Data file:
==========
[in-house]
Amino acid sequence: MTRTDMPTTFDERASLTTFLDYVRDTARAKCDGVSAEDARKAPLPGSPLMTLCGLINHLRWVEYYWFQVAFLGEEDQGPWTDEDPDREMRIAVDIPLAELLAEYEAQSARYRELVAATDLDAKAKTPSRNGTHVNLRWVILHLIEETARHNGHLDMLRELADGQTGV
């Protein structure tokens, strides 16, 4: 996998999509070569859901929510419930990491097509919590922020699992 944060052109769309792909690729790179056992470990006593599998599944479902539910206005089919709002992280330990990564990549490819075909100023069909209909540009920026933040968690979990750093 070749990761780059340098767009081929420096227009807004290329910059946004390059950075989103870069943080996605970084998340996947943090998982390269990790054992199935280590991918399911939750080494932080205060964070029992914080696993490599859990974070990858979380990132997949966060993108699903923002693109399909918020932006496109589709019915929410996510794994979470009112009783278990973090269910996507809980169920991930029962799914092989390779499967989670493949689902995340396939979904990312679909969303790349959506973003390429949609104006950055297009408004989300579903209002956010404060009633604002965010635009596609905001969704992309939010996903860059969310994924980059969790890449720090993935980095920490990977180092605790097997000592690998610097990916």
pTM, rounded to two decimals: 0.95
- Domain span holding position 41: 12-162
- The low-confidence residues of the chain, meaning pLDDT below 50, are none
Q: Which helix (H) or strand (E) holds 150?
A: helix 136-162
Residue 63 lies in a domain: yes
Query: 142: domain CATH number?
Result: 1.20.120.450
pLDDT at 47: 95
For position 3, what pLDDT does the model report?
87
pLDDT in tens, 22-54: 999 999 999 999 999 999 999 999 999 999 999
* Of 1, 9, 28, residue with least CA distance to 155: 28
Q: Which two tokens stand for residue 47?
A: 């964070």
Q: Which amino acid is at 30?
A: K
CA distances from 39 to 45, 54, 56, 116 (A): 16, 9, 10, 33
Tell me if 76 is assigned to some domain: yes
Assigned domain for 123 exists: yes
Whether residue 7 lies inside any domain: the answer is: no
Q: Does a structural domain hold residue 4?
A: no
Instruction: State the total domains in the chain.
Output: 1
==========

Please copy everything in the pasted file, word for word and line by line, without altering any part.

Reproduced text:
[in-house]
Amino acid sequence: MTRTDMPTTFDERASLTTFLDYVRDTARAKCDGVSAEDARKAPLPGSPLMTLCGLINHLRWVEYYWFQVAFLGEEDQGPWTDEDPDREMRIAVDIPLAELLAEYEAQSARYRELVAATDLDAKAKTPSRNGTHVNLRWVILHLIEETARHNGHLDMLRELADGQTGV
């Protein structure tokens, strides 16, 4: 996998999509070569859901929510419930990491097509919590922020699992 944060052109769309792909690729790179056992470990006593599998599944479902539910206005089919709002992280330990990564990549490819075909100023069909209909540009920026933040968690979990750093 070749990761780059340098767009081929420096227009807004290329910059946004390059950075989103870069943080996605970084998340996947943090998982390269990790054992199935280590991918399911939750080494932080205060964070029992914080696993490599859990974070990858979380990132997949966060993108699903923002693109399909918020932006496109589709019915929410996510794994979470009112009783278990973090269910996507809980169920991930029962799914092989390779499967989670493949689902995340396939979904990312679909969303790349959506973003390429949609104006950055297009408004989300579903209002956010404060009633604002965010635009596609905001969704992309939010996903860059969310994924980059969790890449720090993935980095920490990977180092605790097997000592690998610097990916």
pTM, rounded to two decimals: 0.95
- Domain span holding position 41: 12-162
- The low-confidence residues of the chain, meaning pLDDT below 50, are none
Q: Which helix (H) or strand (E) holds 150?
A: helix 136-162
Residue 63 lies in a domain: yes
Query: 142: domain CATH number?
Result: 1.20.120.450
pLDDT at 47: 95
For position 3, what pLDDT does the model report?
87
pLDDT in tens, 22-54: 999 999 999 999 999 999 999 999 999 999 999
* Of 1, 9, 28, residue with least CA distance to 155: 28
Q: Which two tokens stand for residue 47?
A: 């964070």
Q: Which amino acid is at 30?
A: K
CA distances from 39 to 45, 54, 56, 116 (A): 16, 9, 10, 33
Tell me if 76 is assigned to some domain: yes
Assigned domain for 123 exists: yes
Whether residue 7 lies inside any domain: the answer is: no
Q: Does a structural domain hold residue 4?
A: no
Instruction: State the total domains in the chain.
Output: 1